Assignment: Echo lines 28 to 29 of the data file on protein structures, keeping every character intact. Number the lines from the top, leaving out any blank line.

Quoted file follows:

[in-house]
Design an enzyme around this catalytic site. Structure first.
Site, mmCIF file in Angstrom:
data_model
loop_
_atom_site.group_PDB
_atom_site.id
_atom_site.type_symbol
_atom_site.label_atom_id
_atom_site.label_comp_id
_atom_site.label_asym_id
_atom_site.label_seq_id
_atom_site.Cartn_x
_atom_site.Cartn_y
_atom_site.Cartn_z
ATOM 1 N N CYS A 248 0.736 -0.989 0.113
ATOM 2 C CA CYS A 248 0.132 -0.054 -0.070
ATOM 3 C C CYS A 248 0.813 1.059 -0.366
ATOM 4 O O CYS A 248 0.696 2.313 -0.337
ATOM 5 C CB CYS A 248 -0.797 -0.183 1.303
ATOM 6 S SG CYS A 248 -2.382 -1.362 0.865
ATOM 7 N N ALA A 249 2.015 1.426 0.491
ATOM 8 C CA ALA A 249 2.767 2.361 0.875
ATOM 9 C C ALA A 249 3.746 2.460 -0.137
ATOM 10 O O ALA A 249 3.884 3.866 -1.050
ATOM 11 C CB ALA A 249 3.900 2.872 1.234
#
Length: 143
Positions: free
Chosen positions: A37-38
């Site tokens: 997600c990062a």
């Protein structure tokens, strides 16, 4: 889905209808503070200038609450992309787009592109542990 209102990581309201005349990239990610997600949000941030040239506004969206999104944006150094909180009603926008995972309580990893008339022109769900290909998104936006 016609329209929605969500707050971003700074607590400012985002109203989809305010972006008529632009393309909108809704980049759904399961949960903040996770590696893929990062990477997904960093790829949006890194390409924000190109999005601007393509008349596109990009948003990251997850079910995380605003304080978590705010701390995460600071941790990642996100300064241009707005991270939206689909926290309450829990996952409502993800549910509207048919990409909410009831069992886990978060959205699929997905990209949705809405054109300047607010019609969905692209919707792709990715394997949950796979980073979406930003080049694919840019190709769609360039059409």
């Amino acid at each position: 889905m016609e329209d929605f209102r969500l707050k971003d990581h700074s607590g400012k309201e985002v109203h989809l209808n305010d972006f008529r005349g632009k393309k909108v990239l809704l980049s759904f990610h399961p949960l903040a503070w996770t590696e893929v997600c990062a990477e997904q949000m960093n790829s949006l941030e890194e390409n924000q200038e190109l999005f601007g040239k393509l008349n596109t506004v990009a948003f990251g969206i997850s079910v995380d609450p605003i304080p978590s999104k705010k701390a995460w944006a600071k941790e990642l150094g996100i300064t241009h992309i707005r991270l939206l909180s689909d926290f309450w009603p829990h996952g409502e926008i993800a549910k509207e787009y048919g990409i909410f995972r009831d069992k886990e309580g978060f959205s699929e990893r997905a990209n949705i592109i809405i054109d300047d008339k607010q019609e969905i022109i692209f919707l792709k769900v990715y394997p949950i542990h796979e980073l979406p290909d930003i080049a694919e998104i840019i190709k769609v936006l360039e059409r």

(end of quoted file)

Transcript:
Length: 143
Positions: free